My ex-neighbor who owns a small fish n chips which was fairly successful precovid had to sell his house to keep up rent at his store since its their sole income for his family of 7 so I definitely feel the pain of small business owners. His brother from Montreal lost their food court restaurant so he moved here and now all live together now in a rental to save on rent and combine their money to keep this fish n chips place open until this blows over and business can recovers. Def tough times for many out there and everything is on the line for them.
Deal Fanatic
Mar 21, 2010
5391 posts
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Toronto
I don't want anyone to go out of business, but part of me is like - this isn't a Detroit situation where the places we live in are in a downward spiral, this is a (fingers crossed) temporary situation caused by government orders/restrictions and the progress of the virus. As soon as that lifts, people will want to eat out, travel, browse, exercise and so on again. And if there aren't enough businesses still open to fill that demand, then more will open again. So yes, I do support local businesses that I want to survive, but because I care for them specifically, not because I'm worried about my neighbourhood. Wherever something closes now, something will open again later.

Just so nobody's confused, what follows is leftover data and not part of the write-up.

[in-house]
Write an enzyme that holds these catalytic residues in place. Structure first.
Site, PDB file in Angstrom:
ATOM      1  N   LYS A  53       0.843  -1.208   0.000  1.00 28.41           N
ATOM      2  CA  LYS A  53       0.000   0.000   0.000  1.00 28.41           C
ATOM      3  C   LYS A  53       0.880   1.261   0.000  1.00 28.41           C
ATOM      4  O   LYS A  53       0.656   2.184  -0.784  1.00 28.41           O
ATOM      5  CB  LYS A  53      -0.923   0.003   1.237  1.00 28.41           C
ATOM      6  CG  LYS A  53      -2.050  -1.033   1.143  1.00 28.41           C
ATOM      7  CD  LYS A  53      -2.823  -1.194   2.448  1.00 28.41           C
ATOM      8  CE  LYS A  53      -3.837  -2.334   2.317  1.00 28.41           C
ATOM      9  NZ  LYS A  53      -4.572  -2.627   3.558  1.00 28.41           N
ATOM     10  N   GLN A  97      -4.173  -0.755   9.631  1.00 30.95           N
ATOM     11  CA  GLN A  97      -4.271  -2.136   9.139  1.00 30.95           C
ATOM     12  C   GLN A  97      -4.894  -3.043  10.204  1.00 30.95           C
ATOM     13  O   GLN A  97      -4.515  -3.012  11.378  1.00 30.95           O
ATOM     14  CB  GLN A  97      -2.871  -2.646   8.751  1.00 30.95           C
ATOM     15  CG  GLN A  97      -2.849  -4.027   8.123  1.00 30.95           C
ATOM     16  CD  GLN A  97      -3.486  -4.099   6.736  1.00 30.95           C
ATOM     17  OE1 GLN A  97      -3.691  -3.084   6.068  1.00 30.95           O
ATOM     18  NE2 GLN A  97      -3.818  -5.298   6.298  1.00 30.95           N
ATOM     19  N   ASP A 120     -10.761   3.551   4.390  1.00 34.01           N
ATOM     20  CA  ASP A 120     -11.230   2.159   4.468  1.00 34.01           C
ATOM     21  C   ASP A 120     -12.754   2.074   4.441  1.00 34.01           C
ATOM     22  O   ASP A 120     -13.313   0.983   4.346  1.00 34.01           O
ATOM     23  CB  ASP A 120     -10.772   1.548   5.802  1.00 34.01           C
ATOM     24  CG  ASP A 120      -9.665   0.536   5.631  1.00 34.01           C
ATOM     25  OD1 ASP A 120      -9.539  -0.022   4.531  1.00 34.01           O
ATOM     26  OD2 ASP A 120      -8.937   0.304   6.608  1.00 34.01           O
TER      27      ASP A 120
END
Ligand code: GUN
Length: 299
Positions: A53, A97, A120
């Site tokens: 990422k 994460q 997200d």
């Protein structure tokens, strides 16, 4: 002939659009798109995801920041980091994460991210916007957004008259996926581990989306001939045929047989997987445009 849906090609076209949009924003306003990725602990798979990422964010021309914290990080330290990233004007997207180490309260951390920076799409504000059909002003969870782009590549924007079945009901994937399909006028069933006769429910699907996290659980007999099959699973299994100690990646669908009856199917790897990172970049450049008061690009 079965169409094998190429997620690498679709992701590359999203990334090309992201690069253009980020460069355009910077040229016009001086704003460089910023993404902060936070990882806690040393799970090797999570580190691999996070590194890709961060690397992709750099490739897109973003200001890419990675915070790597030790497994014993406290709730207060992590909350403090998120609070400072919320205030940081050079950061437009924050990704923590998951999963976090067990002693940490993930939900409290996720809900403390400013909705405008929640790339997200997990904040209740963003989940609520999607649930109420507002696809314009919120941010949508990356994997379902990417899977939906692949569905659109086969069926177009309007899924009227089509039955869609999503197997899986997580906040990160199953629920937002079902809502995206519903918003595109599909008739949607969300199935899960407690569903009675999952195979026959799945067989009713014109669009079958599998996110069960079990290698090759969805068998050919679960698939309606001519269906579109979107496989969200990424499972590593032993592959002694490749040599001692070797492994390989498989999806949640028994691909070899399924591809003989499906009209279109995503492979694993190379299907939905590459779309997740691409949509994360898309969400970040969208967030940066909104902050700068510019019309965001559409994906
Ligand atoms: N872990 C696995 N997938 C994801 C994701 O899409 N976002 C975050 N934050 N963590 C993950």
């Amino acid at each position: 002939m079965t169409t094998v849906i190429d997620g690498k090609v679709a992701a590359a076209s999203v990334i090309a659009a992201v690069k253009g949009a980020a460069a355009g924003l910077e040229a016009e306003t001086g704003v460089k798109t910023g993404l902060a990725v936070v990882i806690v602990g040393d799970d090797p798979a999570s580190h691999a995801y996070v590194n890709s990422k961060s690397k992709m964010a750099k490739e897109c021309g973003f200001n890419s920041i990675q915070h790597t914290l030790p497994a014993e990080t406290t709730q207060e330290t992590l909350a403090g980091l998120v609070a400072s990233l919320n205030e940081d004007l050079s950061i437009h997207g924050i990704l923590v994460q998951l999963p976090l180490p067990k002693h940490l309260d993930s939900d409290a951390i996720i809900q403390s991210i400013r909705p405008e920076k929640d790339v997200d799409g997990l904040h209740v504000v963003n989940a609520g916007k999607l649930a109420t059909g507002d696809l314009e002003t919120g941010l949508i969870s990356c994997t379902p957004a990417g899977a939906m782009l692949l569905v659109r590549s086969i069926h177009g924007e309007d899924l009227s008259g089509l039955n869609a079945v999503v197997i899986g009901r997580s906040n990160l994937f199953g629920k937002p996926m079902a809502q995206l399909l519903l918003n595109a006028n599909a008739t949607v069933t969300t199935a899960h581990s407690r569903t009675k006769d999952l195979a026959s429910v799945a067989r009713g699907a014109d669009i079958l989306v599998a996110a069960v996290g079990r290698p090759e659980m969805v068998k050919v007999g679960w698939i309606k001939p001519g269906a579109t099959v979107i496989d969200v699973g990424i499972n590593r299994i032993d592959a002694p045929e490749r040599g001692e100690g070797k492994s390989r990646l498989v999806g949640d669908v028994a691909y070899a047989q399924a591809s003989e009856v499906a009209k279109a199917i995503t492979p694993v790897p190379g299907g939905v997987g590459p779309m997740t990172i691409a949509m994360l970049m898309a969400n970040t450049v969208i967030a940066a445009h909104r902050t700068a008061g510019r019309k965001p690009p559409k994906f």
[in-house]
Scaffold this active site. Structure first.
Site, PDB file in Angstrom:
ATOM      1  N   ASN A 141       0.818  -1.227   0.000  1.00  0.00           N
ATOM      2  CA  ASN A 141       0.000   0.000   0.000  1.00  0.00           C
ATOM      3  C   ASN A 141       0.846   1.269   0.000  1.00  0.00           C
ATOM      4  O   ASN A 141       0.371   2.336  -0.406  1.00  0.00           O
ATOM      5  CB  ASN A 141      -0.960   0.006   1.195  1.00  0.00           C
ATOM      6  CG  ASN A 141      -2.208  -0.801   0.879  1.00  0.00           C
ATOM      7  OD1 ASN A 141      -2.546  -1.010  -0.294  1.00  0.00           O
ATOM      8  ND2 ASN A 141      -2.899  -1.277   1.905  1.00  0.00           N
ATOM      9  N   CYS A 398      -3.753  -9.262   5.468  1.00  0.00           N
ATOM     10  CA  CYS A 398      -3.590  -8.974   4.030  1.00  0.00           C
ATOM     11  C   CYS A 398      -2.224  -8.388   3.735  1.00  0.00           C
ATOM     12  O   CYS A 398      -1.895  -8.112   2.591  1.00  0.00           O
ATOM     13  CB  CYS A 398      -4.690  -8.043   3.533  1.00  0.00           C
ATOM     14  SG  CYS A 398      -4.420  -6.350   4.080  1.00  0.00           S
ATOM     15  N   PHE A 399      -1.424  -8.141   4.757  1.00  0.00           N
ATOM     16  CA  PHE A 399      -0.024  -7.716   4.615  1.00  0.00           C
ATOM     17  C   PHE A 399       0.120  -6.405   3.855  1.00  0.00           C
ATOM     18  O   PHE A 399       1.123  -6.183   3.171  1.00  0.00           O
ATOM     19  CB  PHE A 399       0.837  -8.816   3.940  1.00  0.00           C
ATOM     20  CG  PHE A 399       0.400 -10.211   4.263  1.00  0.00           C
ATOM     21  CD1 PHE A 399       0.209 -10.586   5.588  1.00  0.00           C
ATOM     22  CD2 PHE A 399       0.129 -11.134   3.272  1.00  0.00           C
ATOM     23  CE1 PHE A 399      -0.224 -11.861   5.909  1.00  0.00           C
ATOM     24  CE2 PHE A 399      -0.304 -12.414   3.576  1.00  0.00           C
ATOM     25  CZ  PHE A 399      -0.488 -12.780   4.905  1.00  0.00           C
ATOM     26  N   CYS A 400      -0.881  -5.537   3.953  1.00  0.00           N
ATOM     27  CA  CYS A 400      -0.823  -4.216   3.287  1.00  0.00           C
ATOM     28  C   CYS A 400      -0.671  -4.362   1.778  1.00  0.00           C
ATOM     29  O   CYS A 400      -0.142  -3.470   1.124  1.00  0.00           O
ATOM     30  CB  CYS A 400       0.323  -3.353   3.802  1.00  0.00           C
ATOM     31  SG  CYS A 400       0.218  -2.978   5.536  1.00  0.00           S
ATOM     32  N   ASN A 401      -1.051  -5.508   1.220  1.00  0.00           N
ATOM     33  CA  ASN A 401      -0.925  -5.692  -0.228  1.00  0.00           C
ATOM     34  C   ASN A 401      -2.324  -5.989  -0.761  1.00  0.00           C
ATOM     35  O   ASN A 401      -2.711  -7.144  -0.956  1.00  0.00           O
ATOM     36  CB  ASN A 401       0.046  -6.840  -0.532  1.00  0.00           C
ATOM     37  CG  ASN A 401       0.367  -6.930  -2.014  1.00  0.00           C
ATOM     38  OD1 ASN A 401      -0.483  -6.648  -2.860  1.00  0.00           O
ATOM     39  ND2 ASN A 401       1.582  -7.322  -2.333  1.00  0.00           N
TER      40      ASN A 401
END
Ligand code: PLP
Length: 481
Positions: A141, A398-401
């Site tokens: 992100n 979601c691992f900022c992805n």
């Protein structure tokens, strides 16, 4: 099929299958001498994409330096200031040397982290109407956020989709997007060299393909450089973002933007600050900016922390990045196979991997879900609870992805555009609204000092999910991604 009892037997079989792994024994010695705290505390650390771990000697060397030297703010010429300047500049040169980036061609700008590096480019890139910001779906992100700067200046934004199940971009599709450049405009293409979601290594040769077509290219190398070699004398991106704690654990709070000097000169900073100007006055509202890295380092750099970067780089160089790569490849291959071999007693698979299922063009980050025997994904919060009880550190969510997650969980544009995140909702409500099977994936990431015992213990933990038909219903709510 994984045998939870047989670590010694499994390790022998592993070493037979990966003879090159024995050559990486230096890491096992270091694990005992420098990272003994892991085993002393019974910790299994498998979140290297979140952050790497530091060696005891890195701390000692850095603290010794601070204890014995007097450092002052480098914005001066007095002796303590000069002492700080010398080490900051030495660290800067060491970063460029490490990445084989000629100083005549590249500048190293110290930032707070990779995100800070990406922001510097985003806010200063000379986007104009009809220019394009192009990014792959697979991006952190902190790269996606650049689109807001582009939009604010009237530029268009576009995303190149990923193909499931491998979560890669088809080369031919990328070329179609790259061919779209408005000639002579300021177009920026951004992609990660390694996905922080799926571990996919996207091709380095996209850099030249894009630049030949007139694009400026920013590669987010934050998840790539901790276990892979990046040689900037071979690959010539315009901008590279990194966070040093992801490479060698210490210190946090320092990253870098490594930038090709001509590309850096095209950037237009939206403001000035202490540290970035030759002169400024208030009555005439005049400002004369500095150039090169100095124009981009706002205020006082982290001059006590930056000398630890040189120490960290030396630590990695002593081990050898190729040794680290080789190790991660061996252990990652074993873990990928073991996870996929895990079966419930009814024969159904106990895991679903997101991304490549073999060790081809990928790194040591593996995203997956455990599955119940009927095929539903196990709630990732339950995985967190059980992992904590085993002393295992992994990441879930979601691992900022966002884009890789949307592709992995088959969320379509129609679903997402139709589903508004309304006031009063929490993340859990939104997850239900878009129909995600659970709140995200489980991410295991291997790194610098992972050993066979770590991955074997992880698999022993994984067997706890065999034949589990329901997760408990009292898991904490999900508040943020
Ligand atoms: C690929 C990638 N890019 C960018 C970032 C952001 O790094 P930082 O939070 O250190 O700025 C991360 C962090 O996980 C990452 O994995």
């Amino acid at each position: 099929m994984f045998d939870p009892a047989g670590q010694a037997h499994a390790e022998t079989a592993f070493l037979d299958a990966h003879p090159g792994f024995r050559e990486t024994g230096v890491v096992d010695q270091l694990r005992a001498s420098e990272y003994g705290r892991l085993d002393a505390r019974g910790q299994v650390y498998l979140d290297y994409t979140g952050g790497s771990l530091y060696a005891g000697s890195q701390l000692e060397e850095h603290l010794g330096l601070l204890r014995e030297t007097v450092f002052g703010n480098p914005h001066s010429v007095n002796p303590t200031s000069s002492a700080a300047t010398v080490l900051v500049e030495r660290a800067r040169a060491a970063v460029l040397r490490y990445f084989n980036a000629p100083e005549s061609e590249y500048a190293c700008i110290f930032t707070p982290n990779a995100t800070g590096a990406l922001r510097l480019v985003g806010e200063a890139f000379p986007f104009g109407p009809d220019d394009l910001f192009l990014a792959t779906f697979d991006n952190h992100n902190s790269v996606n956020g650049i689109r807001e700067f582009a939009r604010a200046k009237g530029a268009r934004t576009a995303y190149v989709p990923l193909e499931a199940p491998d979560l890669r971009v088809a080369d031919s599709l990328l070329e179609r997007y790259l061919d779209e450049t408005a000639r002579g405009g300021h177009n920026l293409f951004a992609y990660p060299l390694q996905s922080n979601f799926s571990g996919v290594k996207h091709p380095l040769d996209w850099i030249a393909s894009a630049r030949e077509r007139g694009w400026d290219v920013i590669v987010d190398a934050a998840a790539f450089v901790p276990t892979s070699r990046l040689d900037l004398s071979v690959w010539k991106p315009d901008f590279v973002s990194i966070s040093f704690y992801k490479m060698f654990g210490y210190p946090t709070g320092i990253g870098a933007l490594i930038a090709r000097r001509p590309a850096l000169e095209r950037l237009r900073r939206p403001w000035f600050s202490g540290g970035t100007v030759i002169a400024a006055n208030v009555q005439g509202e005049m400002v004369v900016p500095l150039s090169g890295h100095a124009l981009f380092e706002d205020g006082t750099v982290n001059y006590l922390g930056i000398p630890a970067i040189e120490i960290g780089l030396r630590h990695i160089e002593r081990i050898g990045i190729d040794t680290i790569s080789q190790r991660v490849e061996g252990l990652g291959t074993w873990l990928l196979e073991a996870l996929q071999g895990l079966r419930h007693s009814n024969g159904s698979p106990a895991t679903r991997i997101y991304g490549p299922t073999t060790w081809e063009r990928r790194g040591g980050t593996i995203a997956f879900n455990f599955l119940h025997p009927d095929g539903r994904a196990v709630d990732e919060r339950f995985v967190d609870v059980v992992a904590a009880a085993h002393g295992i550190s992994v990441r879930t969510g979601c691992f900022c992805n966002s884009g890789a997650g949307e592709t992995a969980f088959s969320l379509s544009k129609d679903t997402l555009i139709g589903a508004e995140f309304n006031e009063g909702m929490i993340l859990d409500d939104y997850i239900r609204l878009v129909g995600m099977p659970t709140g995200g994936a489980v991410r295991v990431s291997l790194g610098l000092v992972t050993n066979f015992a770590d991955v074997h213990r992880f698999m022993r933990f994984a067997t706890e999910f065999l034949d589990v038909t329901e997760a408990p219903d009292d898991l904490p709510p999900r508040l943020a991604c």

Deal Fanatic
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Nov 13, 2010
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Scarborough
Many people are now holding back from spending due to uncertainty of the long length of these lockdown, who knows which company will lay-off people next.
Jobs which people thought were forever have seen layoffs due to covid loss of revenues
Even places like ttc etc laid people off.

I guess most spending is now on essentials?
Food, shelter, medicine/necessities
Deal Addict
Feb 11, 2015
3980 posts
31485 upvotes
Toronto, ON
Just like I don't feel any jealousy to anyone who's got more than me, I don't necessarily feel bad for someone that has less than me. It's all a cosmic resonance that needs to get you through this life, but your will and choices just like a choose your own adventure book or open-ended, large environment video game, let you do pretty much whatever is humanly possible to what you see around you. Money like blood is how you're fused together in this life physically or mentally. It's never-ending however the government works it around, and the fact that this is a staple of how we've become shows us that we gotta be more content with general things in life rather than say some places or people have too much so they're not getting my dollar. I think you go by what you need or at least want, so you should try a couple of things before buying more of one particular thing. Simple, do what you like.

That said, still taking precautions and in no way an anti-masker in retail settings but I do prefer the air, or even a germaphobe washing my hands too often after I come inside from being out and about. Just a routine I got used to and still can't snap out of it lol. Hopefully if we all do the same thing we all end up in a better place. We'll see.